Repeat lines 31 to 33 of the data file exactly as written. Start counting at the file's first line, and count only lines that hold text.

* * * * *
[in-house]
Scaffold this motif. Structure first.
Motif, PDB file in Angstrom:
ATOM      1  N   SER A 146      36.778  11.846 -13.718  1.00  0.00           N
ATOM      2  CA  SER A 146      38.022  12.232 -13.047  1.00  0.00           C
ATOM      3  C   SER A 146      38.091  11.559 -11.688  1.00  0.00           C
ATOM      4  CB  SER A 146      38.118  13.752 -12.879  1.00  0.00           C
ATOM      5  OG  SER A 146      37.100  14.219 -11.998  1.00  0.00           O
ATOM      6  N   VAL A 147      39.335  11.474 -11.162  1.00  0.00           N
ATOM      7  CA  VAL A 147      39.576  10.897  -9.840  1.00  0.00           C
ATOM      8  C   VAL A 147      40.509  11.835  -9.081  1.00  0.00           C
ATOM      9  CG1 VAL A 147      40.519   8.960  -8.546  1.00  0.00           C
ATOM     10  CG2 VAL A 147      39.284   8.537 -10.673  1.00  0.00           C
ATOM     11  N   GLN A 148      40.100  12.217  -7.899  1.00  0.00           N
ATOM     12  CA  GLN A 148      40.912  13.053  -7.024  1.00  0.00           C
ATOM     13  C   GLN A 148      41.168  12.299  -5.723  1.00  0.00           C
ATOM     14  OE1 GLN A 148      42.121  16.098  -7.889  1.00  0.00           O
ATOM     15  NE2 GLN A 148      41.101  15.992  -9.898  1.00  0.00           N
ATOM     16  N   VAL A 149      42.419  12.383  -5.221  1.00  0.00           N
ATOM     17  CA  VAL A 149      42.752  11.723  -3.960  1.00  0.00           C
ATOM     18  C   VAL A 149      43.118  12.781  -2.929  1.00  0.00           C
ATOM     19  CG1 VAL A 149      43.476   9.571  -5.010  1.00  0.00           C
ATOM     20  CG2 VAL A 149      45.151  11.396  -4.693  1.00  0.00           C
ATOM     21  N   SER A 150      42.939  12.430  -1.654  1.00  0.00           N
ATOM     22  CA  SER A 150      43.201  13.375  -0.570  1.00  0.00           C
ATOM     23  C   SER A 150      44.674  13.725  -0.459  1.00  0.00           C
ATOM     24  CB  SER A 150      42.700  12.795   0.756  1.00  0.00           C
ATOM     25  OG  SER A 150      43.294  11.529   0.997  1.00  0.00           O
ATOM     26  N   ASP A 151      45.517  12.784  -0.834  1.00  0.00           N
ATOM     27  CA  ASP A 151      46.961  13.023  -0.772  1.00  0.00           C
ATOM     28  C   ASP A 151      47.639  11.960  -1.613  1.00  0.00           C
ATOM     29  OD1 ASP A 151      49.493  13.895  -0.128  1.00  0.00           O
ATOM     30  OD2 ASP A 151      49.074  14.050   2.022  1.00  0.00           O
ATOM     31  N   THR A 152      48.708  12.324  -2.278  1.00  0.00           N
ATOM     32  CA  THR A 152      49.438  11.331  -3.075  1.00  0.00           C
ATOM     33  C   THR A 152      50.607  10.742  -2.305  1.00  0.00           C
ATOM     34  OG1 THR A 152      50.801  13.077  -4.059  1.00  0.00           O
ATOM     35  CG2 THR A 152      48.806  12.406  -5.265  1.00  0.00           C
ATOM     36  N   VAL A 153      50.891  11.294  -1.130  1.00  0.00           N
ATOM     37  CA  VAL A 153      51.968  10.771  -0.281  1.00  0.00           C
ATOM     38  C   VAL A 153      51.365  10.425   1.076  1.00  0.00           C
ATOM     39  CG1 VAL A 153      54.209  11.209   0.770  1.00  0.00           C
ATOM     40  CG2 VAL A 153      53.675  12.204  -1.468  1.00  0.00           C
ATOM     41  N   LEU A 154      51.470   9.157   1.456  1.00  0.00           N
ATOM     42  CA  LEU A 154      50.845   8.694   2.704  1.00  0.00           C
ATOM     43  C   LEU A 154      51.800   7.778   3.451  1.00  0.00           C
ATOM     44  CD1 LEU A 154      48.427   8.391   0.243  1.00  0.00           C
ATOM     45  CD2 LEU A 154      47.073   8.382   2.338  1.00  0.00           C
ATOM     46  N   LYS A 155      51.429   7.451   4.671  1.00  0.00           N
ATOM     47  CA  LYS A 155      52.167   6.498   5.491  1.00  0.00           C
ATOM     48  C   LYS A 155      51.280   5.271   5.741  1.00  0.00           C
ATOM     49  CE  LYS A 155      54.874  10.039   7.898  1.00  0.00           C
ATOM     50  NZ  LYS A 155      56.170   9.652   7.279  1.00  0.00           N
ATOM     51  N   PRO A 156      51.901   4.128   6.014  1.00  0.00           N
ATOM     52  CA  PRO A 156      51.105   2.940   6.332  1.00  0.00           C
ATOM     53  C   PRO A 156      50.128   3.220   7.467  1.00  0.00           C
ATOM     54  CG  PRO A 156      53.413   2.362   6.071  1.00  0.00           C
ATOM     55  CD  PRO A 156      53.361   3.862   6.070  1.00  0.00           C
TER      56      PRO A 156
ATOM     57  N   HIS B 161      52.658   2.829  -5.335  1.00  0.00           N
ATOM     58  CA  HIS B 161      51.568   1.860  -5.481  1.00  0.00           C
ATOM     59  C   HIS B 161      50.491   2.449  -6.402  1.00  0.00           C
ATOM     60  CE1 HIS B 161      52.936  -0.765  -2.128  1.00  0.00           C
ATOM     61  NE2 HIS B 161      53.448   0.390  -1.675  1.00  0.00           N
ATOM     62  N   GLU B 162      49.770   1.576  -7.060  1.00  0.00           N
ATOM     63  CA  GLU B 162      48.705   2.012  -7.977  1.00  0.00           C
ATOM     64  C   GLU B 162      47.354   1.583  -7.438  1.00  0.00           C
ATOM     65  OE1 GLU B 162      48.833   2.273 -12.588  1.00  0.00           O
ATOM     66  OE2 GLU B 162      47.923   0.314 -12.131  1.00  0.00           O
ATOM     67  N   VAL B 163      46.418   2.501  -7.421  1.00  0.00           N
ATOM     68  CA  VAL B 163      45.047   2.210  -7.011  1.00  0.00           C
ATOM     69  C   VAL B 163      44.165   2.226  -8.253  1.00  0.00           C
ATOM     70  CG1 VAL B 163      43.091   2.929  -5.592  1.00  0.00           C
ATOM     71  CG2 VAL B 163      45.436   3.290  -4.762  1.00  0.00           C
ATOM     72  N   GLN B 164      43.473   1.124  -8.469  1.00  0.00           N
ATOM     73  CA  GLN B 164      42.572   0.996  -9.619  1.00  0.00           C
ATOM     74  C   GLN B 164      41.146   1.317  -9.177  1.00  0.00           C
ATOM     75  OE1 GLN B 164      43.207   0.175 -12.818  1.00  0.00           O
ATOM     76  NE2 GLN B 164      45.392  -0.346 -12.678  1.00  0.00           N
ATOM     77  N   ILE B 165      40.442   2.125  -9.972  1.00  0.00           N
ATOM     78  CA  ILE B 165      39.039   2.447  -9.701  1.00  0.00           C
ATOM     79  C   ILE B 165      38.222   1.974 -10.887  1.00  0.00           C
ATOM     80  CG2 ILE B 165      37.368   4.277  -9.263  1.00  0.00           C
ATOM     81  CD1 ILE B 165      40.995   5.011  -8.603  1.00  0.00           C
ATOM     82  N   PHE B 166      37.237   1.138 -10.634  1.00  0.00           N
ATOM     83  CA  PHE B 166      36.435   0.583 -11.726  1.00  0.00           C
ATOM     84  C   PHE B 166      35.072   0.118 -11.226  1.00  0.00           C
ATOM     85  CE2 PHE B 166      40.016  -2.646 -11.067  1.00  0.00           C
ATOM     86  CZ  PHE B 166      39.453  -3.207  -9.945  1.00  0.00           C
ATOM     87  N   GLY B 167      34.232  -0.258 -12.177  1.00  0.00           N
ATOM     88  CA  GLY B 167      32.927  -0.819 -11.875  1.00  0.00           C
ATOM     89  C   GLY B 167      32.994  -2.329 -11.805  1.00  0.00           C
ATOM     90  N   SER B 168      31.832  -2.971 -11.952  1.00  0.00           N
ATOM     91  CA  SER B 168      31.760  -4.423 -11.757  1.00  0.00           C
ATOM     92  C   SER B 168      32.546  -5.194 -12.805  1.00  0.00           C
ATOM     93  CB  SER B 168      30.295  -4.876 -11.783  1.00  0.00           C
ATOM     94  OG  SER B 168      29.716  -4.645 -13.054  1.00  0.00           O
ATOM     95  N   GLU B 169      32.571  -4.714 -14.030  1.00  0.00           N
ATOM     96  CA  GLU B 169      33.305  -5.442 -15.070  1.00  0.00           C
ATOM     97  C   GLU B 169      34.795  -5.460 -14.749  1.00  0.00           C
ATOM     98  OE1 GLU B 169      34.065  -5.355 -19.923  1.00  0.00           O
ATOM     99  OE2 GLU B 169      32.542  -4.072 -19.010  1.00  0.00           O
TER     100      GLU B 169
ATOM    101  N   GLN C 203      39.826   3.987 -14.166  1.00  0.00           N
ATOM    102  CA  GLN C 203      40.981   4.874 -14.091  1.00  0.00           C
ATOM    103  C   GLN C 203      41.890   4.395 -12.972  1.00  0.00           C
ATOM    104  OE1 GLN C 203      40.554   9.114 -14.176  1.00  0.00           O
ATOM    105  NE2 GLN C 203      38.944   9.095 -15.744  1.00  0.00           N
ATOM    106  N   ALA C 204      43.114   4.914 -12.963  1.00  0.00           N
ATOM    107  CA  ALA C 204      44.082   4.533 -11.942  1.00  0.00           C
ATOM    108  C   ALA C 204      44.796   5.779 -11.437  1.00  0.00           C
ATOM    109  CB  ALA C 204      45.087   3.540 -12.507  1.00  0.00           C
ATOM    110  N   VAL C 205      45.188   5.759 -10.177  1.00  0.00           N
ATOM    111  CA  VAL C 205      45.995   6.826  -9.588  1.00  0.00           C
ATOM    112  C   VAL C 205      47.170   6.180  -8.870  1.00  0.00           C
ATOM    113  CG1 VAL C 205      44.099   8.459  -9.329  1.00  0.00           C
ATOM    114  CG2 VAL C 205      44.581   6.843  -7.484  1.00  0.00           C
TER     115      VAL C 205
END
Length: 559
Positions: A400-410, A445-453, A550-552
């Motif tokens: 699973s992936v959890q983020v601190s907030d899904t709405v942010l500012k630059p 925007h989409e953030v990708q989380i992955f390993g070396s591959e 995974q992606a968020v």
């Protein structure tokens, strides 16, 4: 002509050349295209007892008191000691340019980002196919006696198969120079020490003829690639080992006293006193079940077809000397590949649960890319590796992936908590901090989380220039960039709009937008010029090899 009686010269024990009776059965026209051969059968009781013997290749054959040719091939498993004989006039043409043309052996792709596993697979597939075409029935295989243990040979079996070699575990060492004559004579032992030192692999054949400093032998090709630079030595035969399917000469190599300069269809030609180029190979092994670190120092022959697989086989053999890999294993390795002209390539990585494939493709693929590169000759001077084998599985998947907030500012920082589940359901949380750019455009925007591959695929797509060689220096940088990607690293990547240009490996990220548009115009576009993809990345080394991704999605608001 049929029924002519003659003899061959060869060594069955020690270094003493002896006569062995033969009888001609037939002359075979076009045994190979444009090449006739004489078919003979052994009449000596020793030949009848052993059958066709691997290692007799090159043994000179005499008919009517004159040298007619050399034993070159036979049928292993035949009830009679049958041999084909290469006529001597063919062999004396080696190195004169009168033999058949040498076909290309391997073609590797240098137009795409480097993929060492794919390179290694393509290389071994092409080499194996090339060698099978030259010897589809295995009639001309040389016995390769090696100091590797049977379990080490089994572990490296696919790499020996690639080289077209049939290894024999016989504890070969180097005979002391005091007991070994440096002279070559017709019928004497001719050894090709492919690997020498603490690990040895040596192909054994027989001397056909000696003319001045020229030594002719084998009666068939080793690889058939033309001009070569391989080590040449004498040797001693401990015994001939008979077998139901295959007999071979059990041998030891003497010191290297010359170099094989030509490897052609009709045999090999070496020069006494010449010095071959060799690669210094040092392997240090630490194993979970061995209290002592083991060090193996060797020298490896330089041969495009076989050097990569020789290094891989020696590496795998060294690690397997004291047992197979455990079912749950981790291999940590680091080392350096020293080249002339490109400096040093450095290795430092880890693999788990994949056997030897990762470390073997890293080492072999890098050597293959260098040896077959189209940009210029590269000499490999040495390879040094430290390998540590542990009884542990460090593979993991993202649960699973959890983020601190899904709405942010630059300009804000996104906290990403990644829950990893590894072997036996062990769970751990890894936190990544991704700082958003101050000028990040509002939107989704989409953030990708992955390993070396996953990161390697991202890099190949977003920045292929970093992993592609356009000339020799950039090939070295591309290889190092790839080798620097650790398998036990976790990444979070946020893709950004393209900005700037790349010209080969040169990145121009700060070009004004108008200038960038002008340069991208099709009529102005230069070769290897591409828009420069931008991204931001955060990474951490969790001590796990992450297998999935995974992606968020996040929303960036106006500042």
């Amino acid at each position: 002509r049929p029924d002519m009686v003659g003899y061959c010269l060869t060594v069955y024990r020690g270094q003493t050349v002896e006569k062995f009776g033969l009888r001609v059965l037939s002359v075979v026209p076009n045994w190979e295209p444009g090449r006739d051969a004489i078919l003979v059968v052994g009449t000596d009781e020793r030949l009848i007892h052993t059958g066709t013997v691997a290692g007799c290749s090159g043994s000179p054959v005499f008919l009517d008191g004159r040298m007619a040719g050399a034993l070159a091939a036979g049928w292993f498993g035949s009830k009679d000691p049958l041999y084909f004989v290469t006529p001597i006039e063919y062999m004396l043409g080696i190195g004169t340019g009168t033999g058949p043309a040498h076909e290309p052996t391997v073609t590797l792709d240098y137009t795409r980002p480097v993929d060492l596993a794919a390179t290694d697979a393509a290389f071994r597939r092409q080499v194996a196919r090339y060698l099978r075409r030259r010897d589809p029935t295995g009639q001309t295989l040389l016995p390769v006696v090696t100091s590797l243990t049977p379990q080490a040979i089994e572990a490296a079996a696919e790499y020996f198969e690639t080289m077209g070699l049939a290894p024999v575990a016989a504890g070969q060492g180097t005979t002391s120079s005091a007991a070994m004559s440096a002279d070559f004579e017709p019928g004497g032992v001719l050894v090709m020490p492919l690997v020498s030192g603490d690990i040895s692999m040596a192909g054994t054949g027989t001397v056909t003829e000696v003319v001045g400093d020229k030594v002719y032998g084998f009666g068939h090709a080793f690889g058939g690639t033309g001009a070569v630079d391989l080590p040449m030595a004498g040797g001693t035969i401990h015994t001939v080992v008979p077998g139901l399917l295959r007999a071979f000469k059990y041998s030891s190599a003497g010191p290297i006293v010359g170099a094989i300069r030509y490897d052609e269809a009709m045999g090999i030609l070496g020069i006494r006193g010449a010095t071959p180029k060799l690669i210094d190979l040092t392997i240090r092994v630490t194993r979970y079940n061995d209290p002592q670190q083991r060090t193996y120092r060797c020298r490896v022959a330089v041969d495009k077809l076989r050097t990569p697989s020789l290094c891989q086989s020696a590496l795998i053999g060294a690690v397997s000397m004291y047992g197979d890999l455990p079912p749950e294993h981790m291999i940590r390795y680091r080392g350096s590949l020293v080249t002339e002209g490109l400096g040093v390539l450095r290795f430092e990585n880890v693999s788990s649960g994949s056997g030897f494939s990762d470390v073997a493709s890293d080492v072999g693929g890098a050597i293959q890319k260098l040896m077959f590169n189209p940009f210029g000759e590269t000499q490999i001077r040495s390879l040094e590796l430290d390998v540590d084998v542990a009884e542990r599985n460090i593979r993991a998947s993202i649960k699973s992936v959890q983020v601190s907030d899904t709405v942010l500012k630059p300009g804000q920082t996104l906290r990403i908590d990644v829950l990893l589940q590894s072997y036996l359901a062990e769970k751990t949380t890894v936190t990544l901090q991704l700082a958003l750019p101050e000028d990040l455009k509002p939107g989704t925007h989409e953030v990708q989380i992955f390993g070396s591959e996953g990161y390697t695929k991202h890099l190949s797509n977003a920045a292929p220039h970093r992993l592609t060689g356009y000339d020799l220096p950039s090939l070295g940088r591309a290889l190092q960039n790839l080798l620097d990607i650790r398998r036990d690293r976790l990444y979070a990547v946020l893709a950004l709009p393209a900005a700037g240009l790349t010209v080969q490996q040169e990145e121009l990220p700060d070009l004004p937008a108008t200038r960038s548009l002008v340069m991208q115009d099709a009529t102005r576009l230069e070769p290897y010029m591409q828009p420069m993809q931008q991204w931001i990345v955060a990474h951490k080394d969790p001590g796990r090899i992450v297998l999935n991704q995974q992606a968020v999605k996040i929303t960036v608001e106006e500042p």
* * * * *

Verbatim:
ATOM     28  C   ASP A 151      47.639  11.960  -1.613  1.00  0.00           C
ATOM     29  OD1 ASP A 151      49.493  13.895  -0.128  1.00  0.00           O
ATOM     30  OD2 ASP A 151      49.074  14.050   2.022  1.00  0.00           O